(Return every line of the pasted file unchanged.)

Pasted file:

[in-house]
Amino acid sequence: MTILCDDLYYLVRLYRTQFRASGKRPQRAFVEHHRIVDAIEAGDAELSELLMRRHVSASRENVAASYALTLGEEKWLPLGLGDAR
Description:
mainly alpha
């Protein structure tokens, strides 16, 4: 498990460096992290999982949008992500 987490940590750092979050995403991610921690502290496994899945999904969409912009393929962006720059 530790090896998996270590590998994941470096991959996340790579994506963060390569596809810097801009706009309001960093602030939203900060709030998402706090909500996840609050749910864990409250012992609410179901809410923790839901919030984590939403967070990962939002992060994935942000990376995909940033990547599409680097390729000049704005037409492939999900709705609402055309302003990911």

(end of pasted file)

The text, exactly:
[in-house]
Amino acid sequence: MTILCDDLYYLVRLYRTQFRASGKRPQRAFVEHHRIVDAIEAGDAELSELLMRRHVSASRENVAASYALTLGEEKWLPLGLGDAR
Description:
mainly alpha
């Protein structure tokens, strides 16, 4: 498990460096992290999982949008992500 987490940590750092979050995403991610921690502290496994899945999904969409912009393929962006720059 530790090896998996270590590998994941470096991959996340790579994506963060390569596809810097801009706009309001960093602030939203900060709030998402706090909500996840609050749910864990409250012992609410179901809410923790839901919030984590939403967070990962939002992060994935942000990376995909940033990547599409680097390729000049704005037409492939999900709705609402055309302003990911």